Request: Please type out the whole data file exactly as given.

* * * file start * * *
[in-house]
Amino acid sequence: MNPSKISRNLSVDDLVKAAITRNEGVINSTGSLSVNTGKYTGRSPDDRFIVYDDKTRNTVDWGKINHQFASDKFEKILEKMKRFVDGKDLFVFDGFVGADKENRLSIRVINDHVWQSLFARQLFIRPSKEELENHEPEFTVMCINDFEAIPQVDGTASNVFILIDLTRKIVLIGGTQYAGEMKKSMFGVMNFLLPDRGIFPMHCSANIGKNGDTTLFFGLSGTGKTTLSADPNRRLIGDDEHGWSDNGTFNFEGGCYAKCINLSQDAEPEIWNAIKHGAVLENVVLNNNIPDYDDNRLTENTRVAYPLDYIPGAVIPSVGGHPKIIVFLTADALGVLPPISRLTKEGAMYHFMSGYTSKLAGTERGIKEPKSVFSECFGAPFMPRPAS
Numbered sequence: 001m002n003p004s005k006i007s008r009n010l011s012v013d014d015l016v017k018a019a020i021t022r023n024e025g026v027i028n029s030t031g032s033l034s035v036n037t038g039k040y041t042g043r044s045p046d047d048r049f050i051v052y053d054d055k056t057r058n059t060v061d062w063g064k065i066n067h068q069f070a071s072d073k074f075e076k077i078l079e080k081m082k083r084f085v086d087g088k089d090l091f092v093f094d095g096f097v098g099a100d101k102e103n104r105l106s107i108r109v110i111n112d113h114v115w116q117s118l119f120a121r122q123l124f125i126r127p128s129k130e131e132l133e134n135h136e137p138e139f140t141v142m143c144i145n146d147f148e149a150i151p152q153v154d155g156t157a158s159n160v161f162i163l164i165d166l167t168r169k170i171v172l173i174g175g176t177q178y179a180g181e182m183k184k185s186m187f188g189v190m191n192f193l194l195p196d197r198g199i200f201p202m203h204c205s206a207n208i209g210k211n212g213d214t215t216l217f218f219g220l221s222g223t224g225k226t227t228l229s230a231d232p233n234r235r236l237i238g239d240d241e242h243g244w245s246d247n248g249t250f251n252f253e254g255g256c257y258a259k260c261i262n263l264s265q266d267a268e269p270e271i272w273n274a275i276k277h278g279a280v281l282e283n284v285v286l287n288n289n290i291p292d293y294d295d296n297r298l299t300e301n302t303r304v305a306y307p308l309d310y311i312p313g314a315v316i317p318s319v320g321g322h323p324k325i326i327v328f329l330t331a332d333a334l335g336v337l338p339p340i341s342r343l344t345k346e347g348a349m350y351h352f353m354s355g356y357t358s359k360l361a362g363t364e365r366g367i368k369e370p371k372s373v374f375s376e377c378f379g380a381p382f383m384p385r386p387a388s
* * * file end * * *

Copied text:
[in-house]
Amino acid sequence: MNPSKISRNLSVDDLVKAAITRNEGVINSTGSLSVNTGKYTGRSPDDRFIVYDDKTRNTVDWGKINHQFASDKFEKILEKMKRFVDGKDLFVFDGFVGADKENRLSIRVINDHVWQSLFARQLFIRPSKEELENHEPEFTVMCINDFEAIPQVDGTASNVFILIDLTRKIVLIGGTQYAGEMKKSMFGVMNFLLPDRGIFPMHCSANIGKNGDTTLFFGLSGTGKTTLSADPNRRLIGDDEHGWSDNGTFNFEGGCYAKCINLSQDAEPEIWNAIKHGAVLENVVLNNNIPDYDDNRLTENTRVAYPLDYIPGAVIPSVGGHPKIIVFLTADALGVLPPISRLTKEGAMYHFMSGYTSKLAGTERGIKEPKSVFSECFGAPFMPRPAS
Numbered sequence: 001m002n003p004s005k006i007s008r009n010l011s012v013d014d015l016v017k018a019a020i021t022r023n024e025g026v027i028n029s030t031g032s033l034s035v036n037t038g039k040y041t042g043r044s045p046d047d048r049f050i051v052y053d054d055k056t057r058n059t060v061d062w063g064k065i066n067h068q069f070a071s072d073k074f075e076k077i078l079e080k081m082k083r084f085v086d087g088k089d090l091f092v093f094d095g096f097v098g099a100d101k102e103n104r105l106s107i108r109v110i111n112d113h114v115w116q117s118l119f120a121r122q123l124f125i126r127p128s129k130e131e132l133e134n135h136e137p138e139f140t141v142m143c144i145n146d147f148e149a150i151p152q153v154d155g156t157a158s159n160v161f162i163l164i165d166l167t168r169k170i171v172l173i174g175g176t177q178y179a180g181e182m183k184k185s186m187f188g189v190m191n192f193l194l195p196d197r198g199i200f201p202m203h204c205s206a207n208i209g210k211n212g213d214t215t216l217f218f219g220l221s222g223t224g225k226t227t228l229s230a231d232p233n234r235r236l237i238g239d240d241e242h243g244w245s246d247n248g249t250f251n252f253e254g255g256c257y258a259k260c261i262n263l264s265q266d267a268e269p270e271i272w273n274a275i276k277h278g279a280v281l282e283n284v285v286l287n288n289n290i291p292d293y294d295d296n297r298l299t300e301n302t303r304v305a306y307p308l309d310y311i312p313g314a315v316i317p318s319v320g321g322h323p324k325i326i327v328f329l330t331a332d333a334l335g336v337l338p339p340i341s342r343l344t345k346e347g348a349m350y351h352f353m354s355g356y357t358s359k360l361a362g363t364e365r366g367i368k369e370p371k372s373v374f375s376e377c378f379g380a381p382f383m384p385r386p387a388s